A recent case filed in the Western District of Texas highlights the importance of retaining experts to assist in evaluating the cause of loss early in the claim process. In White Lodging Services Corporation et al v. Liberty Mutual Fire Insurance Company,1 a hotel development and management company filed suit against Liberty Mutual over a collapse claim that arose during the construction of a hotel. The policyholder had a builders’ risk insurance policy issued by Liberty Mutual.

According to the Complaint, the policy:

  1. Provides coverage for direct physical loss or damage caused by a covered peril to (1) “buildings or structures” while in the course of construction, erection, or fabrication; and (2) scaffolding, construction forms, and temporary structures;
  2. Defines insured “buildings or structures” to include, among other things, “foundations, excavations, grading, filing, attachments, permanent fencing, and other permanent fixtures”;
  3. Defines “covered perils” to include all “risks of direct physical loss or damage unless the loss is limited or caused by a peril that is excluded”;
  4. Contains an “Earth Movement” Exclusion and a “Defects, Errors an Earth Movement Exclusion, which refers to “[a]ny ‘earth movement’ whether natural or manmade and regardless of cause and regardless of whether or not the cause of the ‘earth movement’ (1) originated at the covered property; or (2) was being performed at ‘your’ request or for ‘your’ benefit”;
  5. Defines “earth movement” as “[t]he movement of the ground, soil, sediments, substrates, or strata whether the movement is caused by an act of nature or is manmade, including but not limited to . . . any other ground movement, including sinking . . . , shifting, contraction, or rising of the ground . . . that cause cracking, settling, tilting, leaning, or shifting of covered property”;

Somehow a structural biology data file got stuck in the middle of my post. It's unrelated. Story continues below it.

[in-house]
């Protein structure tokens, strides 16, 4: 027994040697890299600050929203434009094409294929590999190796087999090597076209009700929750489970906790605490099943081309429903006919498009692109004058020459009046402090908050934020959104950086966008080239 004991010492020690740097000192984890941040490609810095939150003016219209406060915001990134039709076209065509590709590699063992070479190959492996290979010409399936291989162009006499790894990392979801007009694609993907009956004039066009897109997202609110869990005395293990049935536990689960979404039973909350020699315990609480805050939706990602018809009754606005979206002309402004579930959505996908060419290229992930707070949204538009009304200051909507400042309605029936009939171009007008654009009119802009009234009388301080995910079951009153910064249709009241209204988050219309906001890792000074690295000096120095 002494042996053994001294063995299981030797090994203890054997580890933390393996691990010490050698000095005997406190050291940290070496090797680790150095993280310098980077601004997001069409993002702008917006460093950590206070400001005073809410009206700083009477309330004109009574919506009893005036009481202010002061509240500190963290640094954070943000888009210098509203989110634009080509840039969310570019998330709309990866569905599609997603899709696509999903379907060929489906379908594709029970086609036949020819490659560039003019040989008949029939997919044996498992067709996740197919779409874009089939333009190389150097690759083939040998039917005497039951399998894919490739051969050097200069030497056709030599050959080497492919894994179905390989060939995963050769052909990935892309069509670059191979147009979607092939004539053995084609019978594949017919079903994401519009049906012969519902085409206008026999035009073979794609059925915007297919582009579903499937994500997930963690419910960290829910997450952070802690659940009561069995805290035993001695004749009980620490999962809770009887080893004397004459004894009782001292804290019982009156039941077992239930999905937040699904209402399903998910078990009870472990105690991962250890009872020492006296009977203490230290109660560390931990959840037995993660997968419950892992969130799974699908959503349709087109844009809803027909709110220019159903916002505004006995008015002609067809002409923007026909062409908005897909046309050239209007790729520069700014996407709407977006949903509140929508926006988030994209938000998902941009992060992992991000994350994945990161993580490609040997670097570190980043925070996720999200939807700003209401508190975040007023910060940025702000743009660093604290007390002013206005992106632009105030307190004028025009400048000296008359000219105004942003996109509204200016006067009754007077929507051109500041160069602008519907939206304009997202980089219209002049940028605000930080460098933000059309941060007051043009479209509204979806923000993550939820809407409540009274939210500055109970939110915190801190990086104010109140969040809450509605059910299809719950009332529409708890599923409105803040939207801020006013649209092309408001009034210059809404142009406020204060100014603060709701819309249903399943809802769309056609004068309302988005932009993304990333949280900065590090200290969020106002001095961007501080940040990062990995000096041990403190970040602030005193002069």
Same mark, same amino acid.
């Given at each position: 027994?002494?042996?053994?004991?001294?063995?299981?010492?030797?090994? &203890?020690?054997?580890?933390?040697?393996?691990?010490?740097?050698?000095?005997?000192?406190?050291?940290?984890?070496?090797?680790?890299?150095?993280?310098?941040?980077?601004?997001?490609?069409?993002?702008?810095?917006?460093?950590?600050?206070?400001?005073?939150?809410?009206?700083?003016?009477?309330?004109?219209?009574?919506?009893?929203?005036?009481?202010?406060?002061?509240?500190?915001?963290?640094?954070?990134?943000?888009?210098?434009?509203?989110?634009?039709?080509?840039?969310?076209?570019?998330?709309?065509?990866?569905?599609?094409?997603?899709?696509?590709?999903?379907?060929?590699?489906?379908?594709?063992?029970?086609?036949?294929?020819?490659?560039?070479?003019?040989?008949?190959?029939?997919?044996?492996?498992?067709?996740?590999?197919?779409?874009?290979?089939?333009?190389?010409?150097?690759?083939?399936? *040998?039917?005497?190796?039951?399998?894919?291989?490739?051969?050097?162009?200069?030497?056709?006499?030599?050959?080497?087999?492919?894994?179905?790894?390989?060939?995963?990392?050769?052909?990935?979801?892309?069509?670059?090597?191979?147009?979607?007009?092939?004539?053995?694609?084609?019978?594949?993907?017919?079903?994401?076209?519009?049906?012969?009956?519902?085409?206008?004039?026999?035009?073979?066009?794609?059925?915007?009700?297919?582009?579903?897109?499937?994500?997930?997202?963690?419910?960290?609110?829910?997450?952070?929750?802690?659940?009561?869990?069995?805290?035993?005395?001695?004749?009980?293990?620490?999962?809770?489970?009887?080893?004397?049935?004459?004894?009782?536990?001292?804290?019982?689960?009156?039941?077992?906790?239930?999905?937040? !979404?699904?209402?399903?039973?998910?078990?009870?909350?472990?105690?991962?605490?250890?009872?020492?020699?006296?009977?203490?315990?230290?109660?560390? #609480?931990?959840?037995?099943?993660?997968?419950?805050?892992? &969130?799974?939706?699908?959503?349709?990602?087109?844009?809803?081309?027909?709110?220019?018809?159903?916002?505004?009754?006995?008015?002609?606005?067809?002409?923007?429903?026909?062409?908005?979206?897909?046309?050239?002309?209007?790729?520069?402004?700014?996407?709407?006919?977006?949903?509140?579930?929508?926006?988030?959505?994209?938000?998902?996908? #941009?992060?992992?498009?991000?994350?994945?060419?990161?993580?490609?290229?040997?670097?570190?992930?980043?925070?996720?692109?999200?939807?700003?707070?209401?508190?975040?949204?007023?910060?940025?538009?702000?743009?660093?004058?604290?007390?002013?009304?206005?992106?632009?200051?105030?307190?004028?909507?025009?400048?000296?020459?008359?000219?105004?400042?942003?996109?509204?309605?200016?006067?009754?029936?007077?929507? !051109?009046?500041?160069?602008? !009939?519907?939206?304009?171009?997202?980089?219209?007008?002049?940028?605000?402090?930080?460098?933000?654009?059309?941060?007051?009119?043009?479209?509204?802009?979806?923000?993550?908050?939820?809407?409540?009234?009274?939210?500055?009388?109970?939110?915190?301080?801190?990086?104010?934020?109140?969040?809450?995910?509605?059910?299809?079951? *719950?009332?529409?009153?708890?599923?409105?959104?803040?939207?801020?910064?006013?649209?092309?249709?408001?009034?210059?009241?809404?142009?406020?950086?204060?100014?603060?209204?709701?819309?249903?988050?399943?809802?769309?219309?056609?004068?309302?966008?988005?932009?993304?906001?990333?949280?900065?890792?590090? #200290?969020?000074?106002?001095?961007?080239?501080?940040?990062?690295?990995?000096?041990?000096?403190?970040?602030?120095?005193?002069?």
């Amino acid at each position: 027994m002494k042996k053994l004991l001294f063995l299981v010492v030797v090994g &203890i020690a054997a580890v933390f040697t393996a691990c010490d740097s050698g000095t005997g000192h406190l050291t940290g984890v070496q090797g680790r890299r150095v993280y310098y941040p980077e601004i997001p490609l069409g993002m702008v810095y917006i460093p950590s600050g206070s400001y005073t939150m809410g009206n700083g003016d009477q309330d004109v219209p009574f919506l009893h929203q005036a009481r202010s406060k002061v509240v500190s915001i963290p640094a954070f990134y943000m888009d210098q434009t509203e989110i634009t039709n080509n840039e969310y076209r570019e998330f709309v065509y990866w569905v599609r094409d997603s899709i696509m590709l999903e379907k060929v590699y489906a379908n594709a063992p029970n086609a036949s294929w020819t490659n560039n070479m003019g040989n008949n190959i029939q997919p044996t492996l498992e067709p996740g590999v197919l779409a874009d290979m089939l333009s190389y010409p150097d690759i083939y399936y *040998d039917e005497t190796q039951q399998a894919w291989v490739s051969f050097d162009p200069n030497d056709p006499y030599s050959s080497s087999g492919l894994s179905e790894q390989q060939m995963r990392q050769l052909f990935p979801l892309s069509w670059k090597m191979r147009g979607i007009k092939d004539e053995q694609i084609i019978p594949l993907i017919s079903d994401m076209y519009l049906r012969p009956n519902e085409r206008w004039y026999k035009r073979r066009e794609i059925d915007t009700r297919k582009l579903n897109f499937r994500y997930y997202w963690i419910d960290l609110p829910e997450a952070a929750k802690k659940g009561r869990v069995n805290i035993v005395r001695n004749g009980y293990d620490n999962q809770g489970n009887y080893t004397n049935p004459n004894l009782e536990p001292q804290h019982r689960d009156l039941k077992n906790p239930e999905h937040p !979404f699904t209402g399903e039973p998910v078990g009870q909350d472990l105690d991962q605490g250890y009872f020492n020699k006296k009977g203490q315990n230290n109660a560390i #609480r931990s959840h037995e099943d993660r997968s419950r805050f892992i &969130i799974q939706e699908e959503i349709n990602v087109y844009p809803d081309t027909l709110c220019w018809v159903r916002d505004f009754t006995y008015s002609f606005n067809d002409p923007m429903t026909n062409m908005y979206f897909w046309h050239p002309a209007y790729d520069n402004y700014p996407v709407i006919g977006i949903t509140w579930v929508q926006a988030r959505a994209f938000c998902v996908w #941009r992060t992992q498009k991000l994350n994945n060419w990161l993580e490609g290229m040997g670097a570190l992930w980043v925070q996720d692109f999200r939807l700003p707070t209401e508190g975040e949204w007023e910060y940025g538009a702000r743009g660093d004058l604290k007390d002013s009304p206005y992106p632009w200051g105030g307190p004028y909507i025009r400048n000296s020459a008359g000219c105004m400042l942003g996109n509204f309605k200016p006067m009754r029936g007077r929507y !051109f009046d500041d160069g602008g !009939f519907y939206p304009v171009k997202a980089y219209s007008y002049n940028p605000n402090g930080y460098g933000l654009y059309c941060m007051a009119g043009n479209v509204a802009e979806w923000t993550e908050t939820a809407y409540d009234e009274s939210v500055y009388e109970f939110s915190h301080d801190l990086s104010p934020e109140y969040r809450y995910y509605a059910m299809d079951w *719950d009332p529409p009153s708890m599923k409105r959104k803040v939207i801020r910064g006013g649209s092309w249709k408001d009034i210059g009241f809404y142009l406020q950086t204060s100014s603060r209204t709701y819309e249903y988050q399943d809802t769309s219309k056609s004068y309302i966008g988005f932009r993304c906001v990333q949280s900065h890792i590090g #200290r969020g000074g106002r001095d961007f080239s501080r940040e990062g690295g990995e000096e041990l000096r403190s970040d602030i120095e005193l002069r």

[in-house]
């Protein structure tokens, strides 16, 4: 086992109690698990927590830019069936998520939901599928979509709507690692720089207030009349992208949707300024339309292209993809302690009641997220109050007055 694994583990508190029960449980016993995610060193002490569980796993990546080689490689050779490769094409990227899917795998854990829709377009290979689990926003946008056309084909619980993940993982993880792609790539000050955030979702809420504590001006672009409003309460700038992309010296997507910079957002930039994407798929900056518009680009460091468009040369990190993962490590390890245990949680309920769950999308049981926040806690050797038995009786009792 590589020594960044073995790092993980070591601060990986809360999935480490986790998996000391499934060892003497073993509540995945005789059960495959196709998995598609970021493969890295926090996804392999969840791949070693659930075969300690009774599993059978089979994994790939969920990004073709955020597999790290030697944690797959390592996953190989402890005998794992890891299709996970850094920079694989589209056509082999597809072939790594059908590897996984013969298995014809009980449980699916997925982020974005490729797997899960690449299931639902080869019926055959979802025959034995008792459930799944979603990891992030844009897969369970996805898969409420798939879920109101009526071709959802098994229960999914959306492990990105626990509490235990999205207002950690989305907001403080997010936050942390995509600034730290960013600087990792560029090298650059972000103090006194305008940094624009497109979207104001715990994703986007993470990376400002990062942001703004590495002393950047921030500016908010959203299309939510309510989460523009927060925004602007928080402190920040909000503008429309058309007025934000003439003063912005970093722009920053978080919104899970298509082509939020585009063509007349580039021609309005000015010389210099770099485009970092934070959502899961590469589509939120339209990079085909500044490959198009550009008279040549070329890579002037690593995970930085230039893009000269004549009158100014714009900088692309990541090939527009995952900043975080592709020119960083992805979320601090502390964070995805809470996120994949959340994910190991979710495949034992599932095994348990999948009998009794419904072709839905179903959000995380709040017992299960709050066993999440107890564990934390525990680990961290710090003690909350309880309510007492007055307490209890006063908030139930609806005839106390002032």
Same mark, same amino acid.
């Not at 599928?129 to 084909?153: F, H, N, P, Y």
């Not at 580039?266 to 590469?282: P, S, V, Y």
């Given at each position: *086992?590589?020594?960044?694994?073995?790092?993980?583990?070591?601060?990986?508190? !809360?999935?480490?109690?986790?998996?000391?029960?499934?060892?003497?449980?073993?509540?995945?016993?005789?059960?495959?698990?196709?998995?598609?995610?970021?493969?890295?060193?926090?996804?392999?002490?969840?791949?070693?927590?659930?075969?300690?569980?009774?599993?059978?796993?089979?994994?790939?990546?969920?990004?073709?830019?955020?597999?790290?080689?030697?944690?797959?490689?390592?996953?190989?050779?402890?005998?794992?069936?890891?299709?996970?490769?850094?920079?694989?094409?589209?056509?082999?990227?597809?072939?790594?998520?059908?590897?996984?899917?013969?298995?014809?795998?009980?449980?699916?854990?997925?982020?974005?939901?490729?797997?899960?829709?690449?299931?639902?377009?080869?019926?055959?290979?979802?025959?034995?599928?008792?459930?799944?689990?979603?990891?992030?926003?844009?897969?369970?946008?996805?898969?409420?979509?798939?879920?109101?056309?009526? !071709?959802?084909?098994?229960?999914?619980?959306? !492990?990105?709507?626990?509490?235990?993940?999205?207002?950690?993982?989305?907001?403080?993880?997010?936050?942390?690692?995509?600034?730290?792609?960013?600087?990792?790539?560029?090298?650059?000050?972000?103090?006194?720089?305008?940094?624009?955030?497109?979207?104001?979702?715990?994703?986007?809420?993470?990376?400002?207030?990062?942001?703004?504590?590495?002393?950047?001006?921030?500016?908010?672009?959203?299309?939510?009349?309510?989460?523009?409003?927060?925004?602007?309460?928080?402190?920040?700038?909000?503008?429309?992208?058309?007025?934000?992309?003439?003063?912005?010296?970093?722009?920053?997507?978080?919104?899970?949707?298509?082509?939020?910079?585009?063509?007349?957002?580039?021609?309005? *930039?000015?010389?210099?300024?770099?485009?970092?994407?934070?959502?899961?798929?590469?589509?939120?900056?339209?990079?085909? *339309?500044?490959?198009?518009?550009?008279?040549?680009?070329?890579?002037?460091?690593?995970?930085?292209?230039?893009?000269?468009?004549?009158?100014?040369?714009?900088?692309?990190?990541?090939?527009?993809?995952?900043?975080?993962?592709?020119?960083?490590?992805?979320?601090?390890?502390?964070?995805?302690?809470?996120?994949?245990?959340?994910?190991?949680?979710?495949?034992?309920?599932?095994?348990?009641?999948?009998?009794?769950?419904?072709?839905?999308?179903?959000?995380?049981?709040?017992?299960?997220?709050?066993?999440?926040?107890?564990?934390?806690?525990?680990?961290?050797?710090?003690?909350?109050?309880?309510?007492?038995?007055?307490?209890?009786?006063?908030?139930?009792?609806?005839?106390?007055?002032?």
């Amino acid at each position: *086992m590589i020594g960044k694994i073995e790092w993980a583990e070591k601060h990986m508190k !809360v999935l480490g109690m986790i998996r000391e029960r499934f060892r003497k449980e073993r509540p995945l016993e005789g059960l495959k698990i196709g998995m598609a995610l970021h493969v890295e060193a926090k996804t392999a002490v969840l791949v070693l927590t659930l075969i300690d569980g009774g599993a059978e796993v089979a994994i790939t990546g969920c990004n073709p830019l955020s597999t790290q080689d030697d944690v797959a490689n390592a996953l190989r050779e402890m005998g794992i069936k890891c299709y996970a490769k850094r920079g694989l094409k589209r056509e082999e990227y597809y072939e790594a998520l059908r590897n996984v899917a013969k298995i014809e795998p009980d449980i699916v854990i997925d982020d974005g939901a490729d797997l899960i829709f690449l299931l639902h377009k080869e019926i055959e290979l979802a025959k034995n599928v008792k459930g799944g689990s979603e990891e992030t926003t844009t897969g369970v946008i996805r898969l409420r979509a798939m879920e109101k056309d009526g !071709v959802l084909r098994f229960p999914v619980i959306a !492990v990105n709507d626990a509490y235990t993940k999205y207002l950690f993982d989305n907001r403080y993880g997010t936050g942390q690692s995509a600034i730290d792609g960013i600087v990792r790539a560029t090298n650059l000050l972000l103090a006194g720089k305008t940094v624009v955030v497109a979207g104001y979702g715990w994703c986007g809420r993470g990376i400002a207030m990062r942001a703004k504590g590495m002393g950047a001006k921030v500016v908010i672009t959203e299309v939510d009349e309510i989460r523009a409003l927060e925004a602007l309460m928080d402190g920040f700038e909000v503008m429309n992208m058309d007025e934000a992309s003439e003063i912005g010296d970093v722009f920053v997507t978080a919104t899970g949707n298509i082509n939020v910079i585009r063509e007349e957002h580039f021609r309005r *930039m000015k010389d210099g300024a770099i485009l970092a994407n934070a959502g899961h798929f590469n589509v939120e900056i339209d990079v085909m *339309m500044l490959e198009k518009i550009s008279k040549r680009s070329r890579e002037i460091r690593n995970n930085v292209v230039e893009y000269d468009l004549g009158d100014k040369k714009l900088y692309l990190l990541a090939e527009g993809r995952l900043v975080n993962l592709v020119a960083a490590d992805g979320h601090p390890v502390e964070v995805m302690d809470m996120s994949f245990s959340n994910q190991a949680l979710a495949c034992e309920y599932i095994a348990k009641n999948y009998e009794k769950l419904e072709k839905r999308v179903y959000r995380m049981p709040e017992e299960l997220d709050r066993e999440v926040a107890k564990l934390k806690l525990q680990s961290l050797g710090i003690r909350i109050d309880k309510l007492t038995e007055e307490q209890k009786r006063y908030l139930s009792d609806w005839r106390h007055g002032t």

6. Specifies that under the Defects, Errors and Omissions Exclusion “[Liberty will] not pay for loss or damage consisting of, caused by, or resulting from an act, defect, error or omission (negligent or not) relating to (a) design, specifications, construction, materials, or workmanship . . . .”; and
  7. Explains that the Defects, Errors and Omissions Exclusion is also subject to the following exception: “if an act, defect, error, or omission as described above results in a covered peril, ‘we’ do cover the loss or damage caused by that covered peril.” This provision is often referred to as an “ensuing loss” provision.

Further, according to the complaint, the policy not only covers the cost to repair and replace covered property that sustains loss or damage from a non-excluded peril, but also includes a “Delay in Completion Coverage Part,” which promises payment for “actual loss of rental income incurred during the ‘delay period,’” which refers to “the period of time the completion of the construction, erection, or fabrication of a covered ‘building or structure’ is ‘delayed’ as a result of direct physical loss or damage caused by a covered peril to property covered under the Builders’ Risk Coverage form . . . .”